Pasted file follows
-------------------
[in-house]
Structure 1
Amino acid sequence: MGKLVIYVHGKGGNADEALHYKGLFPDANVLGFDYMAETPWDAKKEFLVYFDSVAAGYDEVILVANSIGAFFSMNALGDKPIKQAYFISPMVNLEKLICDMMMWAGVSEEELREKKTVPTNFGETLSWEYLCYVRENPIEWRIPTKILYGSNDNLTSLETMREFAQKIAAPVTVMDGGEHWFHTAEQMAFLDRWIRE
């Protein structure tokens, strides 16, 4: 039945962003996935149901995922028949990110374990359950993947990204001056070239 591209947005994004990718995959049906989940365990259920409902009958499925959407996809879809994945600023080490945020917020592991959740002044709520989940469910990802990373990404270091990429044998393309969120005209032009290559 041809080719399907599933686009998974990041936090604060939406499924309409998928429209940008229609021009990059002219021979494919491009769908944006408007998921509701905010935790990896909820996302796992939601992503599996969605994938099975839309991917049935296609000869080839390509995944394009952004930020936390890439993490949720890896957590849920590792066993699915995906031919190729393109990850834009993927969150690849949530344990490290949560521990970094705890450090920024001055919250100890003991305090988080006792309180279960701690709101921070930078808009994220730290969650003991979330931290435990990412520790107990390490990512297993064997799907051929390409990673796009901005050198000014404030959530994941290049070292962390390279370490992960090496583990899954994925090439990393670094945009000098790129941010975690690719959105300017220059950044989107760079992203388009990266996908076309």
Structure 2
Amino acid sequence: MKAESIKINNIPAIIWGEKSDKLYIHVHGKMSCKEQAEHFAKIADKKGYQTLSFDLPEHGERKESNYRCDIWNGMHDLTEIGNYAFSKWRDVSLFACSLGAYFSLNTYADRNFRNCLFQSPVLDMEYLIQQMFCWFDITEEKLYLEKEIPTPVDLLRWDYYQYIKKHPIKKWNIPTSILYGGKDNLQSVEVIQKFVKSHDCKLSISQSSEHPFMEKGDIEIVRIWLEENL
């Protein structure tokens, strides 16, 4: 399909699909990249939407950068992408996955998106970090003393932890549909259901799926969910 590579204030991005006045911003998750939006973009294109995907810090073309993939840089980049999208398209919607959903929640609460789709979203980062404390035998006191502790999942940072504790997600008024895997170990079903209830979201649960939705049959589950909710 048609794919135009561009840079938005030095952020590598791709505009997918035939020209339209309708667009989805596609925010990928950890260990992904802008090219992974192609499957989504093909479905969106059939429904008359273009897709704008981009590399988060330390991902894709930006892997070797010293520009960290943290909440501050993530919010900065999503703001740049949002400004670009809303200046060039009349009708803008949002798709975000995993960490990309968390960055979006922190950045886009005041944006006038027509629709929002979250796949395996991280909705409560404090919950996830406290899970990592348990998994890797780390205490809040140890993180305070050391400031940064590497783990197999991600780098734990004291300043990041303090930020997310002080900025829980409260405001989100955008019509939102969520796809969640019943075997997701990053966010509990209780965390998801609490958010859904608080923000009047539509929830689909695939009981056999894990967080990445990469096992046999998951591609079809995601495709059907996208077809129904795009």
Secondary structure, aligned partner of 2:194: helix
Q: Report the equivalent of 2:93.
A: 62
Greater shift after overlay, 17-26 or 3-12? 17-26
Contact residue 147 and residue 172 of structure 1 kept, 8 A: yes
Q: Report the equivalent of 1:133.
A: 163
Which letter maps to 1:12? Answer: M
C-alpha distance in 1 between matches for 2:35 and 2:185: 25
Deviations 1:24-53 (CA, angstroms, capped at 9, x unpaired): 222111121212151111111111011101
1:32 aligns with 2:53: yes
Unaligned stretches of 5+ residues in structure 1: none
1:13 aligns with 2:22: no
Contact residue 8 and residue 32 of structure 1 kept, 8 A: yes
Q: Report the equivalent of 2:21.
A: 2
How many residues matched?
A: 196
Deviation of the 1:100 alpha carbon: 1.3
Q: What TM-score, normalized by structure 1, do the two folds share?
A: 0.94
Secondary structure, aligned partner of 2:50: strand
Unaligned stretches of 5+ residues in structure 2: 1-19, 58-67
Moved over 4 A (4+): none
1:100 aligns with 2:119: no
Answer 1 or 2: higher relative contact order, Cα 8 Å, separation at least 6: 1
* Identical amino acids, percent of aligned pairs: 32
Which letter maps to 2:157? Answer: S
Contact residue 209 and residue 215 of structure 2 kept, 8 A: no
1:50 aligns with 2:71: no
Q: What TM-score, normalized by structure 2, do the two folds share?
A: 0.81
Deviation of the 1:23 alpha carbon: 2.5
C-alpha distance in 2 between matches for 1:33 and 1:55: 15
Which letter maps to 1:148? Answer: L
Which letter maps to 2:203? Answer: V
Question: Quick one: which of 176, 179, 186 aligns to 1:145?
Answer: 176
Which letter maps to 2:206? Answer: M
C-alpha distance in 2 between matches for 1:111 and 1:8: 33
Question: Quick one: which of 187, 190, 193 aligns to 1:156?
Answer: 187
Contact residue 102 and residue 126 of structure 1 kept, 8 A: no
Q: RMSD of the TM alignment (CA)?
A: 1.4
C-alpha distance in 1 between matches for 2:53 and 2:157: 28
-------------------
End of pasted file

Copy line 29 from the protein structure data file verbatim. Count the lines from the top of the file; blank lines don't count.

Secondary structure, aligned partner of 2:50: strand